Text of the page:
The Grey Man




Peace lies not in the world... but in the man who walks the path.

The Mennock

The fire crackles and sparks as kindling catches and flames dance inside the firebox. An early riser, Moonwatcher's keen for a quick getaway. and, a After raking the dying embers and cinders, he has relit the stove. The fire crackles and sparks as kindling catches and flames dance inside the firebox. Closing the stove door he heads over to the deep ceramic sink to wash up. The ache in his legs from yesterday's long haul competes with a dull throb in his head and he's glad he didn't stay later at the club last night.
Closing the stove door he heads over to the deep ceramic sink to wash up. Forgoing a shave in cold water, he dons his clothes, dry now and still warm from hanging over the range all night.
Ready for the road, he picks up his gear and, after a last backward glance at the kitchen, walks quietly past a door from behind which he can hear the sound of snoring. Pausing at the tiny office, he picks up from the table the membership card bearing his name from the table, and checks it's been stamped before sliding it into a side pocket of his saddlebag. The rubber stamp depicts a bicycle with the name Wanlockhead and the height in feet above sea level. He's particularly pleased with it. Of his own design, he had it made and donated it to Mrs Young a couple of years ago. It immediately became the official stamp of the hostel. He opens the door and narrows his eyes as he steps out into the bright morning sunlight.

In the cycle shed, he has to move some of the bikes belonging to last night's late arrivals before he can gain access to his own. He wheels it out into the garden and starts to check it over before securing his bag. He gives particular attention to the brakes. The first part of his journey involves the rapid descent of the Mennock Pass, the twisting, hell-for-leather drop out of the village down towards sea level.

He walks the bike down through the deserted village, enjoying the crisp clear air and early morning birdsong; the steady clicking of the bike's freewheel, the only man-made intrusion. Walking helps get the stiffness out of his legs, and by the time he reaches the Wanlockhead signpost at the south end of the village, he's ready to ride. The bike is heavy. He has ridden the Mennock before, but never with so much baggage: two heavy panniers over the back wheels, a bulky saddlebag on top, and various other bits of kit taped or strapped to the frame. He knows she'll be difficult to handle on the bends.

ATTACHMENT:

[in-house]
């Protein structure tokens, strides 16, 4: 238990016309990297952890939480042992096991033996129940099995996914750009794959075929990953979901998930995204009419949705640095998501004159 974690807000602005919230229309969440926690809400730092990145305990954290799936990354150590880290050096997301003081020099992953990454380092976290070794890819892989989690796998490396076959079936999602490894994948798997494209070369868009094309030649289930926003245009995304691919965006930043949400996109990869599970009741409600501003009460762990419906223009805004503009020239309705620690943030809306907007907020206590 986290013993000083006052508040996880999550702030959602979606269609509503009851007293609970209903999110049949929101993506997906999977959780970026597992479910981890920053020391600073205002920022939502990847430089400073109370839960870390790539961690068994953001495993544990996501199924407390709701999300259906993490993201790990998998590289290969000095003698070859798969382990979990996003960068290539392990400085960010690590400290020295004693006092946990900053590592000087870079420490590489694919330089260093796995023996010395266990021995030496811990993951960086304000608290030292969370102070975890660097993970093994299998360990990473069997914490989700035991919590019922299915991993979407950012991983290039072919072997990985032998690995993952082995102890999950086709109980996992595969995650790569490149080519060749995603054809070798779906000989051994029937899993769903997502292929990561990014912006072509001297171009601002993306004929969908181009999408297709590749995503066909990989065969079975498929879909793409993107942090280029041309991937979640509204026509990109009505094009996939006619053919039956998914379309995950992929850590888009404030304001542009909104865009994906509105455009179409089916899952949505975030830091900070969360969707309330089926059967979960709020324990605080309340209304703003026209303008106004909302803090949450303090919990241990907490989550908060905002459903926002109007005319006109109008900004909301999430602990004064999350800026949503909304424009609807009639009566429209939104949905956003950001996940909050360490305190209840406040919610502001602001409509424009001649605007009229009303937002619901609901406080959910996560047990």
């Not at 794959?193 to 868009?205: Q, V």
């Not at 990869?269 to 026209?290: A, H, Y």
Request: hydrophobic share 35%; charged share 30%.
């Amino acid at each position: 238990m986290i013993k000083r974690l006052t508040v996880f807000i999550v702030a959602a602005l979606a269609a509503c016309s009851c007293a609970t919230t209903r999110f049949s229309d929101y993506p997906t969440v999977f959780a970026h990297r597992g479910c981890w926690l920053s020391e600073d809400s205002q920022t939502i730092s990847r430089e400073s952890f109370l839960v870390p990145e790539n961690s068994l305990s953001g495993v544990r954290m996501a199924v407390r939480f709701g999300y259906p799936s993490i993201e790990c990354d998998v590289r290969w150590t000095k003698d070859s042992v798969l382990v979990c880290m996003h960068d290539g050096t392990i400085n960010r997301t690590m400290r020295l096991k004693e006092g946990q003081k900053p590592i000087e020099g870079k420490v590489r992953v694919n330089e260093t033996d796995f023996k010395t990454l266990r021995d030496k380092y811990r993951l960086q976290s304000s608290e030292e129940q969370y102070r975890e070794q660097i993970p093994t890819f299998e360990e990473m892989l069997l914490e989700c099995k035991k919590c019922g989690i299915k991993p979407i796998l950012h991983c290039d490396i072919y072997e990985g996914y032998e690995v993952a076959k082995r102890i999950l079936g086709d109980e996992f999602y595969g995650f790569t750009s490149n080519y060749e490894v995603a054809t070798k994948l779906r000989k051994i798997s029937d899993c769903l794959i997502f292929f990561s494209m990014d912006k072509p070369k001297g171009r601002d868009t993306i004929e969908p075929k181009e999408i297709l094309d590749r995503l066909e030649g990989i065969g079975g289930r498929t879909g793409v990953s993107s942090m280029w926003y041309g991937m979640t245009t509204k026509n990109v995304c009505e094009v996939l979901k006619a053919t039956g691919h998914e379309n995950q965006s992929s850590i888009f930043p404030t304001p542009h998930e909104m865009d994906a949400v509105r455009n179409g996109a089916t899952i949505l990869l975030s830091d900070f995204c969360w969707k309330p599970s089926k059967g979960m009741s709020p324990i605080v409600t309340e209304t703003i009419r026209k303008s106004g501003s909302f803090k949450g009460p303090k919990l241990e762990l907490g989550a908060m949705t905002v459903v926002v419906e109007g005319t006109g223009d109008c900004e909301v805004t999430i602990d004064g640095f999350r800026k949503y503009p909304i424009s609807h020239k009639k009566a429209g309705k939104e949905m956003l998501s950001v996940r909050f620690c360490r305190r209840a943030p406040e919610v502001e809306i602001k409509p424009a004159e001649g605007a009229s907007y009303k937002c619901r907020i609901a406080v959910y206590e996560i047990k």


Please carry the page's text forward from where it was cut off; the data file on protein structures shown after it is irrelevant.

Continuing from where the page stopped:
As he mounts and checks the brake levers, his stomach gives way to a churning sensation. begins to churn. Nerves, lack of breakfast, or perhaps both. Slipping his toe into the pedal clip he pushes off and cycles slowly along the road.

The bicycle picks up speed as gravity pulls it down the steepening incline. Pedalling stops, and the rider adopts a head down position over the dropped handlebars; all attention focussed on controlling the machine as the freewheel whirrs hysterically. The hills close in as rider and machine are drawn faster and faster into the chasm.

Mennock Cross 1

The Mennock consists of a series of very steep, sharp bends linked by equally steep straight stretches, on which a bicycle can build up tremendous speed. Hurtling down the straights is exhilarating, but, at the end of each, there are the bends to contend with and they test the 'bottle' of the most experienced cyclist.
The first bend comes up fast, and first pressure is applied to the brake levers. Nothing happens! The combined weight and speed of the bike prove to be too much. Full pressure, and the rubber brake blocks squeal like banshees as they are forced against the steel rims of the wheels, friction burning off the rubber and causing the whole bike to judder as the rider leans it into the sharp curve.